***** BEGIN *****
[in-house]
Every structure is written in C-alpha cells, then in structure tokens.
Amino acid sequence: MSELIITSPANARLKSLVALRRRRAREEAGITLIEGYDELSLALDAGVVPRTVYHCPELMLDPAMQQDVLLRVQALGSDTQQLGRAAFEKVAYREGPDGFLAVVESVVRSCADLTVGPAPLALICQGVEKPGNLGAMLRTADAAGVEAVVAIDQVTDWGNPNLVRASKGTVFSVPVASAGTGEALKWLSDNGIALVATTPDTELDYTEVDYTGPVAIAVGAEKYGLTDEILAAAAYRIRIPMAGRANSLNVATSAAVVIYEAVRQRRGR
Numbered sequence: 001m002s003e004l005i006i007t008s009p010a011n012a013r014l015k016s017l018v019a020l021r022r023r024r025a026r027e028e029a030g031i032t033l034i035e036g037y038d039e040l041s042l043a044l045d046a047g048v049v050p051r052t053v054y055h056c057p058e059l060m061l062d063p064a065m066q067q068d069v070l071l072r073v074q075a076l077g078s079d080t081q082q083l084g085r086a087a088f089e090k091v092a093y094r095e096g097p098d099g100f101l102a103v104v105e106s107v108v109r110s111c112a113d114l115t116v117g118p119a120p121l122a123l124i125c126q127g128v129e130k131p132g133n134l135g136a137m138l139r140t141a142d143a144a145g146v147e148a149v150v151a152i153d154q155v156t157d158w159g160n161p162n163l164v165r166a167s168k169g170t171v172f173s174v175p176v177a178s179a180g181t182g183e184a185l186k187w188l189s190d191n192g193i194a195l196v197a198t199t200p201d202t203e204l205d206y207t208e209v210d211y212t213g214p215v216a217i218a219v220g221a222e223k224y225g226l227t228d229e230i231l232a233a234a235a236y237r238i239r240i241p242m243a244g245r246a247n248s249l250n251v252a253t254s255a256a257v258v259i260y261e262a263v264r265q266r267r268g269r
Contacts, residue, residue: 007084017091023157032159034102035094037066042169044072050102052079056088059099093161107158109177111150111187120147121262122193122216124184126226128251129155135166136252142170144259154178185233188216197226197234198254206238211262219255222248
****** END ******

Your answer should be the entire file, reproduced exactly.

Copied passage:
[in-house]
Every structure is written in C-alpha cells, then in structure tokens.
Amino acid sequence: MSELIITSPANARLKSLVALRRRRAREEAGITLIEGYDELSLALDAGVVPRTVYHCPELMLDPAMQQDVLLRVQALGSDTQQLGRAAFEKVAYREGPDGFLAVVESVVRSCADLTVGPAPLALICQGVEKPGNLGAMLRTADAAGVEAVVAIDQVTDWGNPNLVRASKGTVFSVPVASAGTGEALKWLSDNGIALVATTPDTELDYTEVDYTGPVAIAVGAEKYGLTDEILAAAAYRIRIPMAGRANSLNVATSAAVVIYEAVRQRRGR
Numbered sequence: 001m002s003e004l005i006i007t008s009p010a011n012a013r014l015k016s017l018v019a020l021r022r023r024r025a026r027e028e029a030g031i032t033l034i035e036g037y038d039e040l041s042l043a044l045d046a047g048v049v050p051r052t053v054y055h056c057p058e059l060m061l062d063p064a065m066q067q068d069v070l071l072r073v074q075a076l077g078s079d080t081q082q083l084g085r086a087a088f089e090k091v092a093y094r095e096g097p098d099g100f101l102a103v104v105e106s107v108v109r110s111c112a113d114l115t116v117g118p119a120p121l122a123l124i125c126q127g128v129e130k131p132g133n134l135g136a137m138l139r140t141a142d143a144a145g146v147e148a149v150v151a152i153d154q155v156t157d158w159g160n161p162n163l164v165r166a167s168k169g170t171v172f173s174v175p176v177a178s179a180g181t182g183e184a185l186k187w188l189s190d191n192g193i194a195l196v197a198t199t200p201d202t203e204l205d206y207t208e209v210d211y212t213g214p215v216a217i218a219v220g221a222e223k224y225g226l227t228d229e230i231l232a233a234a235a236y237r238i239r240i241p242m243a244g245r246a247n248s249l250n251v252a253t254s255a256a257v258v259i260y261e262a263v264r265q266r267r268g269r
Contacts, residue, residue: 007084017091023157032159034102035094037066042169044072050102052079056088059099093161107158109177111150111187120147121262122193122216124184126226128251129155135166136252142170144259154178185233188216197226197234198254206238211262219255222248